The City of Melbourne already runs a Shopfront Activation Program, reusing retail space temporarily to artists, entrepreneurs and artisan makers to transform empty shopfronts into creative spaces, bespoke displays and pop-up shops. This allows creative businesses to test ideas and build connections between entrepreneurs and the commercial property sector.

The Sydney Fringe Festival has also run a Popup Theatre Pilot Project, examined spaces for temporary reuse to theatre and performance spaces. The project aimed to activate up to
five empty shop-front, retail or alternative spaces to create temporary theatres during
the Fringe festival.

For creative workers facing the loss of space as old factories are turned into apartment blocks, such initiatives might be useful in the Brunswick Activity Centre, along Lygon Street, Nicholson Street and Sydney Road!



Greening Brunswick

Strolling through the golf course

During lockdown, many Brunswick residents took their daily walk into the neighbouring municipality of Darebin, to stroll through the Northcote Public Golf Course across the new Warrk-Warrk Bridge east of the Merri Creek.

Golf course from droneWith no golfing allowed during lockdowns, the empty course became a great place for a stroll, a picnic or for dogs and kids to run wild. Post-lockdown, many people in Darebin and Moreland wanted to continue accessing the course, but the golfing community was understandably narky and put major resources into mobilising objections from far and wide.

Now, after extensive community debate, Darebin Council has decided on the future of the Golf Course after this month’s Council meeting. The endorsed option will see golf continue on-site with a full nine holes, while unlocking 5.72 hectares of open space at the southern end for the wider community to enjoy. Council will further consider whether the nine-hole golf course be open to the public from mid-afternoon.

The new plans, to be implemented in coming months, include new connections to Warrk-Warrk Bridge, creating a valuable link across Merri Creek and along the eastern side of the golf course.

New plan for Stewart Street

The east end of Stewart Street is an important connection for pedestrians between Nicholson Street and the CERES Community Environment Park, near the Merri Creek. With the new Warrk-Warrk bridge now safely linking Brunswick and Northcote, Stewart Street is also a major walking and bike route across the creek, especially for kids going to Brunswick East Primary. This route will soon link us with the new golf links parkland (discussed above). With the 96 tram terminus nearby, plus Albion and Blyth Street buses, the street links CERES (and the new apartment tower next to CERES) with excellent public transport.

Council is belatedly looking at improvements to the area, “to improve the pedestrian amenity, walk-ability and presentation of Stewart Street between Nicholson street and CERES/Roberts Street.” The area is currently a shocker as far as walking goes, with no footpath on much of the southern side, and a narrow path on the north. Council officers have developed a Draft Concept Plan for the area, and you have until 10 June to submit comments or alternatives.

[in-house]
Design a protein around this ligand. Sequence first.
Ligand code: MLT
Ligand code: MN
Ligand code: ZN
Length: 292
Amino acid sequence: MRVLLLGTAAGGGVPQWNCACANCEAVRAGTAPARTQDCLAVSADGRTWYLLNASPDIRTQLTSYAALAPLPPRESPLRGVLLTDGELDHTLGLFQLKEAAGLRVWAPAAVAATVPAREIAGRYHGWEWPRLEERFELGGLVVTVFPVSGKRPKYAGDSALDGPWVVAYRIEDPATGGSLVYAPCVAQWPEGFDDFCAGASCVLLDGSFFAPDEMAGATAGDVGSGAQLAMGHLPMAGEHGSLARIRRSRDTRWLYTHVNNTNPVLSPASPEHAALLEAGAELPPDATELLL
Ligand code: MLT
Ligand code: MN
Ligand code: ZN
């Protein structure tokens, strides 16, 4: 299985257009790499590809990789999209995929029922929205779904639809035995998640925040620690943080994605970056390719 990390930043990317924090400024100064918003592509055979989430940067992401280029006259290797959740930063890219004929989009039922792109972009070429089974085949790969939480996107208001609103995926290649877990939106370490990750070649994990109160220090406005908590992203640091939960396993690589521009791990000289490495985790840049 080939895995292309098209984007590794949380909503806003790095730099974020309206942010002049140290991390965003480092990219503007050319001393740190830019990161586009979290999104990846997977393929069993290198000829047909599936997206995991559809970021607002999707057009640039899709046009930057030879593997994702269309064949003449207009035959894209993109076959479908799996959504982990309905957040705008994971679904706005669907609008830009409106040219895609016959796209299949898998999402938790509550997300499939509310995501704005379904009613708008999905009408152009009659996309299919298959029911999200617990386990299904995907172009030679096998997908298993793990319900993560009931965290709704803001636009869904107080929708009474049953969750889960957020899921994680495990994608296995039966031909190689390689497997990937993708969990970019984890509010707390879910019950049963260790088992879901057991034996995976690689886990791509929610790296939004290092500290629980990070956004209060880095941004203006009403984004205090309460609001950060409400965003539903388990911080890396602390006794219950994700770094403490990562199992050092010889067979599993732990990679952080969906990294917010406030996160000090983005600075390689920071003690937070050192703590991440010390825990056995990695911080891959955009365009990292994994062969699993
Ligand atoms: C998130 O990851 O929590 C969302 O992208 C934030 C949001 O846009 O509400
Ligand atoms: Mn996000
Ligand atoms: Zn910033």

Council has acquired some land to construct a new footpath on the south side of Stewart Street (between Nicholson St and Ryan St), and proposes to upgrade existing footpaths to make Stewart Street safer and more accessible. The plan also includes ideas for trees and landscape, pedestrian crossings and public art.

We believe the plans don’t go far enough in prioritising walking and riding (despite these being the stated priorities of Council and the State Government). Although a southern footpath has been added, the land purchased from the Cretan Brotherhood appears insufficient for a wide footpath, and will require mature trees to be cut down. We would like to see spacious footpaths, and serious treatment, such as a shared zone, to discourage rat running and slow trafficThere’s no sign on the plans of how cars exiting and entering the hundreds of new apartments next to Ceres, will be managed. The amount of car parking spots seems excessive, as few residents appear to park on the street. This is a rare opportunity to create something beautiful, a pedestrian-centred avenue to Ceres, the bridge and to Merri Creek walks. Let’s not miss the chance!

Our community win seats for the Merri Creek

In a welcome decision, Moreland Council has announced funding for 25 seats along the Merri Creek, so walkers, peddlers and joggers can rest their weary feet.

Brunswick Residents Network joined other community groups to put in a joint submission to Moreland’s “Community Budget ideas”, with Council choosing from a selection of budget proposals. Walk on Moreland engaged with BRN and other groups including Friends of Merri Creek; Sustainable Fawkner; Friends of Coburg Lake and Surrounds; and Neighbours United for Climate Action (thanks to Andrea for co-ordinating our submission, as part of ongoing work to improve walkability in Moreland).